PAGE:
When you drive cross country, it is worth getting the National Park pass “America the beautiful”. For $80, you and your party can go for free to any national park for one year. In my case, the pass will have probably paid for itself before the end of my road trip.

    Death Valley.

    Death Valley.

    According to the National Park Services, Death Valley was given its name by a group of pioneers lost here in the winter of 1840s. Only one of the group died here, but they all assumed that the valley would be their grave. As they climbed out of the valley over the Panamint Mountains, one of the men looked back, and said “goodbye, Death Valley.”

    The Red Cathedral.

    The Red Cathedral.

    We took a popular route through the Valley. We stopped first at the sand dunes and then went south along the Badwater road, to get to the Badwater Basin. At 282 feet below sea level it is the lowest point in North America.

    Views from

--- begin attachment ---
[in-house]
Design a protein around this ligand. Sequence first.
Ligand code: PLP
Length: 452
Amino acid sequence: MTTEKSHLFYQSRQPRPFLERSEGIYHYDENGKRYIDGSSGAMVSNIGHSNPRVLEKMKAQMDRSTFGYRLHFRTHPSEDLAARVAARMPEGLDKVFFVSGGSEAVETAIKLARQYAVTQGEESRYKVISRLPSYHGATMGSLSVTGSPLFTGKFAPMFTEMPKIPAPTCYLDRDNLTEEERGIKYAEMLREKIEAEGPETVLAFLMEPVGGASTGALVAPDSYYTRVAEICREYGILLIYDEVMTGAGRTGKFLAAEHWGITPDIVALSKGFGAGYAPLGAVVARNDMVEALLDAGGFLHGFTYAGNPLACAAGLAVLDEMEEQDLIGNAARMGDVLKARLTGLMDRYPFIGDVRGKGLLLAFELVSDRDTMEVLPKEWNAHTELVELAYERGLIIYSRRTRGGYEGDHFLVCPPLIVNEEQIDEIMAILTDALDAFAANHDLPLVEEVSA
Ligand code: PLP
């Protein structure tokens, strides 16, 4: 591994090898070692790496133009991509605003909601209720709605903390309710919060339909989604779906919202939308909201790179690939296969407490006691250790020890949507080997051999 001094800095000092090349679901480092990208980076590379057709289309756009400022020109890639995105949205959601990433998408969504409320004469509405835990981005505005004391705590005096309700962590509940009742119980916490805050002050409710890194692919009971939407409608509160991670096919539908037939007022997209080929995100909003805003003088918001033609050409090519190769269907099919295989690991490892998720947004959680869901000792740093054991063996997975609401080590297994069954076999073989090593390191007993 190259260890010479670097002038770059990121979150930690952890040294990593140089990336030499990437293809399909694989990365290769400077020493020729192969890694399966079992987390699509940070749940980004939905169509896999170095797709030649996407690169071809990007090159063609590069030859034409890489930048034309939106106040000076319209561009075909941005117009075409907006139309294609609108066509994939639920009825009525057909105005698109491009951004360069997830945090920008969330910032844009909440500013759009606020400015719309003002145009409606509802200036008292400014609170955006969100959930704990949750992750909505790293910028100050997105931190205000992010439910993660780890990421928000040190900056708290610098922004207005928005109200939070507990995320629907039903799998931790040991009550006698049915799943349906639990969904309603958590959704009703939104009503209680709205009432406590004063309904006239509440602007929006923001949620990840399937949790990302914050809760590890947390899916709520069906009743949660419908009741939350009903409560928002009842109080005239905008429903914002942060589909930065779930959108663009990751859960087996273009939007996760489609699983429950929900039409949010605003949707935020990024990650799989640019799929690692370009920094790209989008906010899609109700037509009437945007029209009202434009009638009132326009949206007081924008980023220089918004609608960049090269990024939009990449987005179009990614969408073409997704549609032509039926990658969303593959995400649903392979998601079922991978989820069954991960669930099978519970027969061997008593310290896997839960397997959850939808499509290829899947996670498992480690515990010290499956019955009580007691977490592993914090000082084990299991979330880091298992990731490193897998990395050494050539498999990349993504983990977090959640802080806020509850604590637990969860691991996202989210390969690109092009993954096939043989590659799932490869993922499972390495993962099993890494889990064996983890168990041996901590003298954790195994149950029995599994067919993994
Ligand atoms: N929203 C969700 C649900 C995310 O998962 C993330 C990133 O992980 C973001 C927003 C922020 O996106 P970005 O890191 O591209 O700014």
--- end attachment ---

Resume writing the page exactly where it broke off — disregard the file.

Views from Zabriskie Point.

    On our way back we took the Artist’s Drive and stopped at Zabriskie Point and Dante’s View, two locations providing breathtaking views on the park’s mountains.
    At the end of the day, after sunset, we arrived at the Amargosa Hotel, a Spanish colonial style edifice built by a mining company in the 1920s. It is listed as the top-ten haunted hotel in the country, but tired, we didn’t witness anything worth more attention than our beds.

    The Amargosa Hotel.

    The Amargosa Hotel.

    After driving few hours in the morning and crossing the state line, we arrived in Las Vegas, Nevada.